Triumph 2020. Global Sales slipped only 2%

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Triumph-Rocket-3GT
Triumph-Rocket-3GT

Triumph Motorcycles performed an outstanding second part of the 2020 ending the year with a marginal lost. Global sales have been 56.249 (-2.9%) thanks to the positive European performance while lost in Latam, ASEAN and Pacific have been heavy.

McD tracks new vehicles registrations across the World (over 80 countries), reporting data on calendar year. When you wish to compare data reported by us to those declared by the manufacturers, consider they usually report their “sales” (vehicles invoiced), which are usually different from “registrations”, accordingly with their fiscal year split. 

Global Triumph Sales Track

Recent years have been full of success for Triumph. The British brand have an annual production capacity of 60.000 bikes and in the period 2013-2017 grew uninterruptedly to achieve a record of over 61.500 units.

During 2018 and 2019 global sales slipped down a little with 2019 score at 59.600 units, while the manufacturers was planning to expand volumes in the 2020, exploring opportunities in Asian region.

Unfortunately all plans has been revised, after the effect of covid 19 in the first half 2020, for a company which was not profitable in recent two balance sheets, forcing the Management to put in place a tough restructuring plan, cutting activities and people (400 employees out of 2.400).

However, during the second half of the year a robust recovery allowed to the British manufacturer to recover almost all the lost ending the entire year with 56.249 global registrations, down a mere2.9%,

The top region for Triumph is Europe, which counts 47.5% of total sales with 2020 score up 3.9% and outstanding scores in Germany (+19.1%), Poland (+22.8%), Finland (+40%), Slovenia (+105.9%), Switzerland (+26%), Luxemburg (+28.8%), over-balancing the lost in Italy (-15.6%), UK (-12.9%) and Spain (-12%).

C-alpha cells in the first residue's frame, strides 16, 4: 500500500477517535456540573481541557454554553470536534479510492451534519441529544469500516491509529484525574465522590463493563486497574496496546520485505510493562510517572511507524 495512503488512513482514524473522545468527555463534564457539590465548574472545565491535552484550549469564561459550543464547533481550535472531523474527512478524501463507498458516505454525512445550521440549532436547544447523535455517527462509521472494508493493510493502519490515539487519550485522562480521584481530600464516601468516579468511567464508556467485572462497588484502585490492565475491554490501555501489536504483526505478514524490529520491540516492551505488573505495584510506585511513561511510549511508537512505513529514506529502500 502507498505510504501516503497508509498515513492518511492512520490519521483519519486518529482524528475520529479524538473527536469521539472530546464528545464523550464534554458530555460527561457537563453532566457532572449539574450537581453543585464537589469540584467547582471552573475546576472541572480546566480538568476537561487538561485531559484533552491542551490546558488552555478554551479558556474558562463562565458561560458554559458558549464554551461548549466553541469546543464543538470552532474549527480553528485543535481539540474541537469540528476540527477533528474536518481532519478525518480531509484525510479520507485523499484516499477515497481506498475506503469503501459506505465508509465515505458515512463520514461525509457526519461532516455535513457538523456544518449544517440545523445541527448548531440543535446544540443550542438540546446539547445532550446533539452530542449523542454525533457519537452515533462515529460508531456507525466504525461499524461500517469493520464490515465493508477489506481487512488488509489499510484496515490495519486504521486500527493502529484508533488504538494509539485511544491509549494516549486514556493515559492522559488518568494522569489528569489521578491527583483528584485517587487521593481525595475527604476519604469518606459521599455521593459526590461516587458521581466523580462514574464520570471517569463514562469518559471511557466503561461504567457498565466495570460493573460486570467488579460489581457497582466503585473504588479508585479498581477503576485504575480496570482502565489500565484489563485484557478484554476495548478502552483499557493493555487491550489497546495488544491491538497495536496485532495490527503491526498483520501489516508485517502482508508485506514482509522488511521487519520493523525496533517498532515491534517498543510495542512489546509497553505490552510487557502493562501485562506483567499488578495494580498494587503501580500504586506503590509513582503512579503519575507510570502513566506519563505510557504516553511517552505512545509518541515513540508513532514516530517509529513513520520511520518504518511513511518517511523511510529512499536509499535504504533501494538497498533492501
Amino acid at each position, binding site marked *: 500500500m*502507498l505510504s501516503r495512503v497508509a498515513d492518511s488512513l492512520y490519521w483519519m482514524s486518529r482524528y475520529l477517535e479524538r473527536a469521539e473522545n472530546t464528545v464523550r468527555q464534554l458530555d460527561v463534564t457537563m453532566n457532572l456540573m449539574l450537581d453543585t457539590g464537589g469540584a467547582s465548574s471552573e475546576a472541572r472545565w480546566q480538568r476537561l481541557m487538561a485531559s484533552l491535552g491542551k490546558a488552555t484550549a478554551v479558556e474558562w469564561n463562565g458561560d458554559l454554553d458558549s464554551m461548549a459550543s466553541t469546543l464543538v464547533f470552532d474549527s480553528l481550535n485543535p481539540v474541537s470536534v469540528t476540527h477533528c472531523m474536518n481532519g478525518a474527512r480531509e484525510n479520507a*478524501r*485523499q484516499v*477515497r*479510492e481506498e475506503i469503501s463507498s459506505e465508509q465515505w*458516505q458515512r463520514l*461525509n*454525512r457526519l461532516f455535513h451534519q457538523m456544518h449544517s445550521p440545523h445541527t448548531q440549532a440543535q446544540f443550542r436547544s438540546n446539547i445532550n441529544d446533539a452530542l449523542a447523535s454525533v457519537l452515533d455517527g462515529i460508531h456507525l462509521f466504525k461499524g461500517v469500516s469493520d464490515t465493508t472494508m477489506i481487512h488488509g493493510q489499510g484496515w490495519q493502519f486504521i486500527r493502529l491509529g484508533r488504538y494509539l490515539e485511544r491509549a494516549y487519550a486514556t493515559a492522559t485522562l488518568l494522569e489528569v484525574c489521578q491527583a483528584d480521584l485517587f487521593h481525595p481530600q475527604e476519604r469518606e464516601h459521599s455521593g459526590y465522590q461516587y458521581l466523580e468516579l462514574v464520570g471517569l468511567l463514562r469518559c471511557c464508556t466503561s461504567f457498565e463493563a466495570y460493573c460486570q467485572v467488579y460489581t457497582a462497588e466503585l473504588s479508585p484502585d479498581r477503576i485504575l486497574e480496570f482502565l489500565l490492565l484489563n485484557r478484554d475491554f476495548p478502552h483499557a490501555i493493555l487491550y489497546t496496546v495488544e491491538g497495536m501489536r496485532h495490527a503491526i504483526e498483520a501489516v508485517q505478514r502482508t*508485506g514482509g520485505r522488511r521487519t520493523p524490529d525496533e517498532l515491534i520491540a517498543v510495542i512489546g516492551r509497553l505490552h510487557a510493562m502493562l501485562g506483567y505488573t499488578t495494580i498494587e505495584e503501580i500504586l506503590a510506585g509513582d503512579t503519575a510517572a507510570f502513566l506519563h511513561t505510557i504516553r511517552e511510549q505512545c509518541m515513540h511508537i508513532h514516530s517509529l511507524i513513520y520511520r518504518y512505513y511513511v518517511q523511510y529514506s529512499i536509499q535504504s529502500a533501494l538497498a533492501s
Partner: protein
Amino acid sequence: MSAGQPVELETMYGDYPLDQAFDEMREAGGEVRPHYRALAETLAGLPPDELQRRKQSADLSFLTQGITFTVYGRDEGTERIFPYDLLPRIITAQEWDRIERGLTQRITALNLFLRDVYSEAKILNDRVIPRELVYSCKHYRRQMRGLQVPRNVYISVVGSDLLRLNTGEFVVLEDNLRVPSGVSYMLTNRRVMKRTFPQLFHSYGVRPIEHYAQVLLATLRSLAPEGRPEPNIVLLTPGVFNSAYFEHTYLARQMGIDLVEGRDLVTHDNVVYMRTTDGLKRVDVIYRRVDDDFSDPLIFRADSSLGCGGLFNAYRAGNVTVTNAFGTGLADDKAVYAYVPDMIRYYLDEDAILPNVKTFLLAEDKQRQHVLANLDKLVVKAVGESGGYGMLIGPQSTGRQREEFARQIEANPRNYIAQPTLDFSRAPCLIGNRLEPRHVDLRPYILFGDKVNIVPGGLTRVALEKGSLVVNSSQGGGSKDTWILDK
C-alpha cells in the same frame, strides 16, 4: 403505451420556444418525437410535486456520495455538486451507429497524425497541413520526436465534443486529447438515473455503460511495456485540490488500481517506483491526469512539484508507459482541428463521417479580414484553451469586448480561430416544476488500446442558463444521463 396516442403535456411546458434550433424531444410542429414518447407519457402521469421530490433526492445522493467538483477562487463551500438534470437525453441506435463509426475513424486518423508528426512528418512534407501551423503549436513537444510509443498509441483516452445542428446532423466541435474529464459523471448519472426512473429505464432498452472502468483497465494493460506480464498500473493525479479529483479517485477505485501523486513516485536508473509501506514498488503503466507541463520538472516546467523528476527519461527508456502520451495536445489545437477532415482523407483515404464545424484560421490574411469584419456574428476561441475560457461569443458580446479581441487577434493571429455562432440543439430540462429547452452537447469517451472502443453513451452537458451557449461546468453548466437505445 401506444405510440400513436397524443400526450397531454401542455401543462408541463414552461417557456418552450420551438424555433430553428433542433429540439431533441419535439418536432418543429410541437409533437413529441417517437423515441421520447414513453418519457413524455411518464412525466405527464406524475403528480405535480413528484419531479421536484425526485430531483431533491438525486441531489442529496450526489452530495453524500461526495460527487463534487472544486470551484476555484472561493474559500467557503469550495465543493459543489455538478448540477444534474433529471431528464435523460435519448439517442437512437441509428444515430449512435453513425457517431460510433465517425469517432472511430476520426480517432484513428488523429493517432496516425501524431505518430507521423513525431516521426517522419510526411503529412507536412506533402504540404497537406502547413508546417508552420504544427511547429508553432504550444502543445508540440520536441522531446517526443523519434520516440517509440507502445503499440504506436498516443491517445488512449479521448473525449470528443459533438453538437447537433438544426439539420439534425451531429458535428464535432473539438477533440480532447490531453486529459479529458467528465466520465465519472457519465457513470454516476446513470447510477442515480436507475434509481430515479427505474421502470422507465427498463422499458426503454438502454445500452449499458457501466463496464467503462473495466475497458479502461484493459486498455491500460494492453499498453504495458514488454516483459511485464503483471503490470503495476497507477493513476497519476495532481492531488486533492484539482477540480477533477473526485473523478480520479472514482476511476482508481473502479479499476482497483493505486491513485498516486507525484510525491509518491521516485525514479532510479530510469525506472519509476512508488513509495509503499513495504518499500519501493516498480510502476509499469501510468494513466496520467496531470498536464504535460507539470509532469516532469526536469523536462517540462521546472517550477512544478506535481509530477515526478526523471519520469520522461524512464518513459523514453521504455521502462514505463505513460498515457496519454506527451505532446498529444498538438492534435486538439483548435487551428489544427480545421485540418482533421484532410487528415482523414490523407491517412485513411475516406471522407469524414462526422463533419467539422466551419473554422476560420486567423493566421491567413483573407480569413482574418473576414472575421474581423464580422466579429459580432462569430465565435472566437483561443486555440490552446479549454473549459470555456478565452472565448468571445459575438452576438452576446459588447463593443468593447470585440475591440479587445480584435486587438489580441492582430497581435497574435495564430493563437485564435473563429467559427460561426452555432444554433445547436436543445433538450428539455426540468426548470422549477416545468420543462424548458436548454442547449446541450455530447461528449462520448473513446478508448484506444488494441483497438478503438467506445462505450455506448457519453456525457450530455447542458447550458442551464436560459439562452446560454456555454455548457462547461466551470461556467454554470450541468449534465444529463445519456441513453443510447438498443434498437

In North America sales declined marginally while in Latin America fell sharply (-19%), like in the ASEAN (-26%) and in the Pacific area (New Zealand and Australia) losing 18.7%.

Triumph Motorcycles

Triumph Heritage

Triumph Motorcycles Ltd is the largest British motorcycle manufacturer, established in 1983 by John Bloor after the original company Triumph Engineering went into bankrupt. The new company (initially Bonneville Coventry Ltd) continued Triumph’s record of motorcycle production since 1902.

Bloor set to work assembling the new Triumph, hiring several of the group’s former designers to begin work on new models.

In 1988, Bloor funded the building of a new factory at a 10-acre (40,000 m2) site in Hinckley, Leicestershire. The first Hinckley Triumph’s were produced for the 1991 model year. Bloor put between £70 million and £100 million into the company between purchasing the brand and breaking even in 2000.

At the same time as production capacity increased, Bloor established a new network of export distributors. He had previously created two subsidiary companies, Triumph Deutschland GmbH and Triumph France SA. In 1994, Bloor created Triumph Motorcycles America Ltd.

On 15 March 2002, as the company was preparing to celebrate its 100th anniversary as a motorcycle maker, its main factory was destroyed by a fire which began at the rear of the facility. At the height of the blaze, over 100 firefighters were tackling the fire, which destroyed most of the manufacturing capacity. Nevertheless, the company, which by then employed more than 650 people, quickly rebuilt the facility and returned to production by September that year.

In May 2002, Triumph began construction on a new sub-assembly manufacturing facility in Chonburi, Thailand to make various components. A second factory was opened in 2006 and the ceremony was attended by Prince Andrew, Duke of York. A third factory was opened in 2007 to include high pressure die-casting and machining, and Triumph announced that they were expanding to increase capacity to over 130,000 motorcycles. Triumph Motorcycles (Thailand) Limited is a 100% UK owned company and now employs about 1000 staff.